A termite bond is an agreement between the termite control company and you the homeowner. It assures that if termites re-infest your home within a given period of time (usually a year) the company will retreat your home at no additional charge.
In addition, most companies offer a damage warranty that promises the homeowner that any new termite damage created after the initial treatment will be repaired at the termite control company’s expense.
When the termite bond is near expiration, the issuing company will usually perform a termite inspection and offer you the option to extend the warranty with what’s called a renewal fee. This fee is usually 20-25% of the cost of the original treatment or $175-$250 per year. Many homeowners elect to extend this termite bond citing the peace of mind it provides.
Folks that see the value of a termite bond understand that termite damage is the most likely source of damage their home will ever encounter. In fact, according to the Georgia Department of Agriculture, termite damage and control measures account for $1-3 billion annually – that’s more than fire, flood, and wind damage combined. These homeowners have heard the “horror stories”. They’re aware of those rare cases where termite damage exceeded over $50,000 in repair bills.
Many termite warranty advocates also point to the fact that, in some cases, termite damage can be extremely difficult to find. Even when termite inspections are performed flawlessly, it’s not uncommon for active termite infestations to manifest for years (even decades) before being found.
Just about every town has homeowners that were given a passing grade on their termite inspection, only to find extensive damage weeks later while doing some type of remodeling work.
With a few notable exceptions, termite damage occurs very slowly. In addition, it’s pretty rare for a structure or wall to completely collapse from termite damage without giving indicators well ahead of time. Termite damage is usually identified and addressed before major structural damage has occurred. In fact, industry insiders estimate the average termite damage repair claim to only cost between $1,500 – $3,000.
Non-believers cite the low average cost of repairs. They base their logic on simple math. They calculate that ten years worth of renewal fees will essentially pay for the cost of termite damage repair. Instead of paying a renewal fee, they choose allocate funds to an emergency fund that can draw interest. After all, there’s no guarantee termites will return. These are the same types of consumers that select high deductibles on their health insurance because it saves money in the long run. If you are wanting good health insurance then apply for e111 insurance and get the policy you and your family needs.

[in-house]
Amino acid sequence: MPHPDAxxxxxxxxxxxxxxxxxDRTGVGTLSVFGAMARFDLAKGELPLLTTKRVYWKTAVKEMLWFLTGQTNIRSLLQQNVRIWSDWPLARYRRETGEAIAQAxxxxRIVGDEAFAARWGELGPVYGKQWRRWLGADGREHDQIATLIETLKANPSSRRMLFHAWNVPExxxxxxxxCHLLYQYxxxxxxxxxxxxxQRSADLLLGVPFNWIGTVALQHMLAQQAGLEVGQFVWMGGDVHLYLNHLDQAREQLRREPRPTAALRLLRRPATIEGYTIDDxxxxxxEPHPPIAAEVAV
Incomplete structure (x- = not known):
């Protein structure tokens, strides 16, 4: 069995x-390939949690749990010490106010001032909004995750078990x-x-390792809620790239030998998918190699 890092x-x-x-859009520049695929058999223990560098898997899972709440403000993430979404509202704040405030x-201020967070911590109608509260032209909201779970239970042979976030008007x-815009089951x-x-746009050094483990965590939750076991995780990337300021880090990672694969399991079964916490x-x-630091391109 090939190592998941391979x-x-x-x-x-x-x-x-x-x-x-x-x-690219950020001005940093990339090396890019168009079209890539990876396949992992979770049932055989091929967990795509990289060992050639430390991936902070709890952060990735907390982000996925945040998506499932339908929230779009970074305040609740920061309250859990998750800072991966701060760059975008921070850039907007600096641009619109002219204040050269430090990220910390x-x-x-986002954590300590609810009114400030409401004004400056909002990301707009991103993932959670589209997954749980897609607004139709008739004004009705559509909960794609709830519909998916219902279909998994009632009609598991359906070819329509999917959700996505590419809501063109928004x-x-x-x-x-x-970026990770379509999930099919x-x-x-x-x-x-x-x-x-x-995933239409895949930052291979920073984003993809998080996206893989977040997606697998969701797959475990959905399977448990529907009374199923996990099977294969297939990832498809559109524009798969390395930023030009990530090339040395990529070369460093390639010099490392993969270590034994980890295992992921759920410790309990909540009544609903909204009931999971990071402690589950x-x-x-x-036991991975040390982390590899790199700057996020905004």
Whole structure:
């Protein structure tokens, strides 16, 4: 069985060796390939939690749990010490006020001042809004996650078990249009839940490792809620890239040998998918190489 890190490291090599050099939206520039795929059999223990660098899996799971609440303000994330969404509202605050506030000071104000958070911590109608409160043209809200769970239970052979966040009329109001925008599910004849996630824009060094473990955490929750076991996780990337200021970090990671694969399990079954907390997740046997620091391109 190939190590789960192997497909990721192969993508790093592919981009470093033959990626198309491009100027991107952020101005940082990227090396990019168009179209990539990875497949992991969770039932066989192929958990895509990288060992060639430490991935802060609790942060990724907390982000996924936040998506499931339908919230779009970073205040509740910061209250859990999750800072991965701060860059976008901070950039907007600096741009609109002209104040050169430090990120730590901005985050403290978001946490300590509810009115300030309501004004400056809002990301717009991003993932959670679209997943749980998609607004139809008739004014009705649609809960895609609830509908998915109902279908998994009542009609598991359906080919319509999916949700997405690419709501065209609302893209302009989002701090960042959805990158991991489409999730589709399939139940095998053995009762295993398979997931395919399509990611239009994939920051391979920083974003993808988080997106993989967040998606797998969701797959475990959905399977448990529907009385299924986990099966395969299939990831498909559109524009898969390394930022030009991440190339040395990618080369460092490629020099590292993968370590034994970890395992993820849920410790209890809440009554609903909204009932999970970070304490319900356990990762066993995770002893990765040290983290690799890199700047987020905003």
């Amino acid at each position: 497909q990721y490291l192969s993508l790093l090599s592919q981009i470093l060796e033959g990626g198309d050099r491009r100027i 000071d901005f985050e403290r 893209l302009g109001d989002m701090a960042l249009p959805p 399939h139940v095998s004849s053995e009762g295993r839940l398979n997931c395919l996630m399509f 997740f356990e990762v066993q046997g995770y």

Other detractors of termite bonds may have had a bad experience with a termite control company. Perhaps they’ve had termite damage while under bond, yet had difficulty getting the repairs completed in a timely manner. Others may have fallen victim to a “loophole” in the termite control company’s contract and/or had to take legal action.
To determine whether or not to maintain a termite bond, you should consider three factors:
1. Your personality traits- Are you a risk taker or conservative? Some people don’t consider themselves risk takers, but are willing to take “calculated risks” if the odds are greatly in their favor. Of course, the remaining two factors play a huge role in the amount of risk involved.
2. Your geographic location- Although termites can be found in all 50 states, the residents of Southern states stand a much greater risk of termite infestation than residents of extreme Northern states.
3. Your financial health- This might sound strange, but the worse your financial situation, the more important it is for you to maintain a termite bond.
What if you can’t afford the $150-$300? You should really find a way to budget it in. If you can’t afford a few hundred dollars, It’s not likely you can afford to replace a wall, door, window, and part of your sub-floor.
What if you have an emergency fund set aside?You’re more than likely a financially responsible person. After presented with all the facts, you’ll know what’s best for you.
Regardless of your decision, be sure to have your home inspected for termites on an annual basis. Here’s the good news: most termite control companies offer the service complimentary. And while the inspection is no guarantee, it’s certainly worthwhile.